Aug. 10, 2018
NFL GAMES, NATIONAL ANTHEM PROTESTS RETURN
UNDATED (AP) — Game back on. The start of the NFL exhibition season also marked the return of player protests during the national anthem. And that has drawn more criticism from President Donald Trump. In Philadelphia, Eagles defenders Malcolm Jenkins and De'Vante Bausby raised their fists during the anthem — and Chris Long put his arm around Jenkins' shoulder. In Miami, Dolphins players Kenny Stills, Albert Wilson and Robert Quinn protested. Stills and Wilson kneeled behind teammates standing along the sideline while Quinn stood and raised his right fist. Says Quinn, "as a black man in this world, I've got an obligation to raise awareness." Former NFL quarterback Colin Kaepernick, leader of the movement, tweeted support for Stills and Wilson, and added after mentioning them, "Stay strong brothers!"
TRUMP BLASTS ANTHEM PROTESTS
BRIDGEWATER, N.J. (AP) — President Donald Trump is once again lashing out at football players who refuse to stand for the national anthem. Trump claimed on Twitter Friday that "most of them are unable to define" what they're demonstrating against. Trump says players should "Be happy, be cool!" Trump tweeted from his New Jersey golf resort that players "make a fortune doing what they love" and that those who refuse to stand "proudly" for the anthem should be suspended without pay.
KANYE WEST - TRUMP
LOS ANGELES (AP) — Kanye West answered with silence when asked whether he thinks President Donald Trump cares for black people. Appearing on "Jimmy Kimmel Live," West discussed his support for Trump and questioned why people go after the president instead of trying "love." Kimmel brought up West's past comment that "George Bush doesn't care about black people," and said he wonders "what makes you think that Donald Trump does, or any people at all?" Kanye considered the question without answering before Kimmel took a commercial break.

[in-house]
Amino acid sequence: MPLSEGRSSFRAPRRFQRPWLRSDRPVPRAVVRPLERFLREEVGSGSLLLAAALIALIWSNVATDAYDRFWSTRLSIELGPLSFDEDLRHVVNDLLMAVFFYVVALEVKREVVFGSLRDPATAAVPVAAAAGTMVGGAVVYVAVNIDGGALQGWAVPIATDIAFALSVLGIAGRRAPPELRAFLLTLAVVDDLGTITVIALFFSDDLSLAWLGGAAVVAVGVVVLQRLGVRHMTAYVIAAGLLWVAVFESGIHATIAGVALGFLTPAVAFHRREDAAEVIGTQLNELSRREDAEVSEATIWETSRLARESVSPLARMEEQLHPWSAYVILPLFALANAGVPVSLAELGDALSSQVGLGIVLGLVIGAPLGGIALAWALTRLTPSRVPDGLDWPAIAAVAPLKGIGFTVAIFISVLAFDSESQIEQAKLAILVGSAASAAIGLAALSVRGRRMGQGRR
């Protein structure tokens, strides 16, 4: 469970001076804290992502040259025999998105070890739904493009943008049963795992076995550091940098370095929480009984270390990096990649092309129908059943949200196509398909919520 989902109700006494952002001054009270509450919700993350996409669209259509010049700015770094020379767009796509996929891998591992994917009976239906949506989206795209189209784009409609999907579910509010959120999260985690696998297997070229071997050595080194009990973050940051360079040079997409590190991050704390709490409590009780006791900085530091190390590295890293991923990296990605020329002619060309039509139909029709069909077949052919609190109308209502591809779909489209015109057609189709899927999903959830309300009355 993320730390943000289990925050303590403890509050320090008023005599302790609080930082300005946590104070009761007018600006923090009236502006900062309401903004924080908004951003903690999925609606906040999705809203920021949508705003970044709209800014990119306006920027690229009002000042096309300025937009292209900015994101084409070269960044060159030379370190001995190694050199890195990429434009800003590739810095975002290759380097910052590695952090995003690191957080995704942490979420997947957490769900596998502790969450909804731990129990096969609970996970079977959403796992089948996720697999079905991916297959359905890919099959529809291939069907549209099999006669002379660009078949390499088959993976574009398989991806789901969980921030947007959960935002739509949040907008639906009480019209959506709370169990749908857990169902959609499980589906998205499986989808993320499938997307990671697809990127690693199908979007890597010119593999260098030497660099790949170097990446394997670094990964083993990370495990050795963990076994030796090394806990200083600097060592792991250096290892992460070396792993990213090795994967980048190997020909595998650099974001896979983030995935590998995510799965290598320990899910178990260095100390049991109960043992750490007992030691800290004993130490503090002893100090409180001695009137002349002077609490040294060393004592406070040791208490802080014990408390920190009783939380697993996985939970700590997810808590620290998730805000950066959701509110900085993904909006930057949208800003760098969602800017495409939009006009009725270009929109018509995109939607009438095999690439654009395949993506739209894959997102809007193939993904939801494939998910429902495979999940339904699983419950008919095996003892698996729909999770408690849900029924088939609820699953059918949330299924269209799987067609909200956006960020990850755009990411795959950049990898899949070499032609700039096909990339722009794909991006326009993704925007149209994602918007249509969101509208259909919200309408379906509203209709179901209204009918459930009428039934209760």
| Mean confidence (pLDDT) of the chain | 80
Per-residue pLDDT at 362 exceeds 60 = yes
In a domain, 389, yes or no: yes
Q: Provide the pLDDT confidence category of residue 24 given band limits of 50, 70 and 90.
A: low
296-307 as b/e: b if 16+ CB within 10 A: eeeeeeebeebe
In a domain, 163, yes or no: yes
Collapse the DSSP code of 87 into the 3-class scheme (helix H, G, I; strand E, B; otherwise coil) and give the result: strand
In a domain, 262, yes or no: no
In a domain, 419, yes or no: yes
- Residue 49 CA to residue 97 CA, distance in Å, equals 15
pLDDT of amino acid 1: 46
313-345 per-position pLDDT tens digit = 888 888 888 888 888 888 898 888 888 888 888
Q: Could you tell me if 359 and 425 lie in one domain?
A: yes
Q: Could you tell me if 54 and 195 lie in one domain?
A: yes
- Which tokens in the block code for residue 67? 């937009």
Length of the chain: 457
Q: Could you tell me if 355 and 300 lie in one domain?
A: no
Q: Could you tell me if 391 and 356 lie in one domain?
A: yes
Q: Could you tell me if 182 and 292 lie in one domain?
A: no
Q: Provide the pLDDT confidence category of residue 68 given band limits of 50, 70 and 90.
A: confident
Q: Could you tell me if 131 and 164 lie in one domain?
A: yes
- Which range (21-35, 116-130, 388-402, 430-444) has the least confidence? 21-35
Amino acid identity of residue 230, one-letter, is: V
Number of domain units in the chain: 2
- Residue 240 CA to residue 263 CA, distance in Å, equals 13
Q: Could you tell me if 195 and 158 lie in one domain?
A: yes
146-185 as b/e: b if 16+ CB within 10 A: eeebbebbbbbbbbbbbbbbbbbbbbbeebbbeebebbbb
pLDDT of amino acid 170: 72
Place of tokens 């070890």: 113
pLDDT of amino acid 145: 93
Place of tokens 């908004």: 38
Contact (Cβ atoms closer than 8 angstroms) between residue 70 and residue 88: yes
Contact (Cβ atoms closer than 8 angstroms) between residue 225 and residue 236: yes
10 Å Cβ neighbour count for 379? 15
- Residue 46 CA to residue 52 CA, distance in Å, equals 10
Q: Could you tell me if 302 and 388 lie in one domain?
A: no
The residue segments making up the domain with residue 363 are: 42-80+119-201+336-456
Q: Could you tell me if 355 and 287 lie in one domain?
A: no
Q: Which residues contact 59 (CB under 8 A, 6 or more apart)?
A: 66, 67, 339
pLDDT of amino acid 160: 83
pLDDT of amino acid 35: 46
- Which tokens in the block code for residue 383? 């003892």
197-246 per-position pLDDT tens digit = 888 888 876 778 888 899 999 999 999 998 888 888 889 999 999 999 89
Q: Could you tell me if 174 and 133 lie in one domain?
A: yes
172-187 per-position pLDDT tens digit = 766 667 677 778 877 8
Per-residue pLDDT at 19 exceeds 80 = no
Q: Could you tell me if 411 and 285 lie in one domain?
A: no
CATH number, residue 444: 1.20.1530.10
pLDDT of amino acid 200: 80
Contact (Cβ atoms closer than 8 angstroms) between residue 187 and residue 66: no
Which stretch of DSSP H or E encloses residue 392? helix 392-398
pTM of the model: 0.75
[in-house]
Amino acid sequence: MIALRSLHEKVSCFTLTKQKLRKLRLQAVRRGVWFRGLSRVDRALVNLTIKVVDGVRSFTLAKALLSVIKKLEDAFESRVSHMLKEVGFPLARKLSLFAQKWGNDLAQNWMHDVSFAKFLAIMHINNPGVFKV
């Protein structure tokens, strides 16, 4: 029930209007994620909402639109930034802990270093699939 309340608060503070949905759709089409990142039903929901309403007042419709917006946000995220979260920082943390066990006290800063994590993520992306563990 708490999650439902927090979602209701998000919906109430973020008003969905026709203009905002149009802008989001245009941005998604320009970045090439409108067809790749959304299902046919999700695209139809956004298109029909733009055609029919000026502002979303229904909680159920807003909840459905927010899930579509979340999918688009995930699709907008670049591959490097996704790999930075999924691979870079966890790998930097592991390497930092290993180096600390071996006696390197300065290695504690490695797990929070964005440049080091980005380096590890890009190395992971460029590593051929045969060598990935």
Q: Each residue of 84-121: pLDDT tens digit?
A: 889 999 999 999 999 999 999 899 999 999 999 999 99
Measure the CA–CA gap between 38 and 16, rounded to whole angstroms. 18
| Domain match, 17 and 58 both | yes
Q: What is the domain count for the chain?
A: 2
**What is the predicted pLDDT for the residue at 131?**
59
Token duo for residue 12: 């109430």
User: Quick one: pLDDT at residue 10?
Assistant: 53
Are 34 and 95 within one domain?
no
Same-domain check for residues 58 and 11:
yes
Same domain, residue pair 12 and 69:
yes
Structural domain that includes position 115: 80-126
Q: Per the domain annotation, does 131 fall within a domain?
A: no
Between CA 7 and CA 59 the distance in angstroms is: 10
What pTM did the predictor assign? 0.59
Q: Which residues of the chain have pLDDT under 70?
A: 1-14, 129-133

MICHAEL MOORE - TRUMP
NEW YORK (AP) — The history books tell us Donald Trump is the 45th president of the United States. But if you believe Michael Moore, Trump is "the last president of the United States." It's one of the statements made in the trailer for his new movie — which, as you might expect, is not a cinematic love letter to Trump. Moore has titled it "Fahrenheit 11/9" — and no, you aren't seeing that backward. It's a play on one of his earlier films, "Fahrenheit 9/11, which took on George W. Bush. The 11/9 reference is for Nov. 9, 2016 — the date Trump officially won enough Electoral College votes to be the next president. Moore's document hits theaters on Sept. 11. Before that, it will make its premiere at the Toronto International Film Festival.
023278-r-40:08-(Excerpt from the online trailer to "Fahrenheit 11/9")-"the United States"-Michael Moore releases online trailer for new documentary, Fahrenheit 11/9 (10 Aug 2018)
<<CUT *023278 (08/10/18)££ 40:08 "the United States"
OMAROSA - TRUMP
BRIDGEWATER, N.J. (AP) — The White House is slamming a new book by ex-staffer Omarosa Manigault Newman, calling her "a disgruntled former White House employee." The Guardian newspaper reports that in the memoir, Manigault Newman labels Trump a "racist" and claims she's been told there are tapes of him using the N-word repeatedly while filming "The Apprentice" reality series on which she appeared. White House Press Secretary Sarah Huckabee Sanders says in a statement Friday, "Instead of telling the truth about all the good President Trump and his administration are doing to make America safe and prosperous," Manigault-Newman's book is "riddled with lies and false accusations."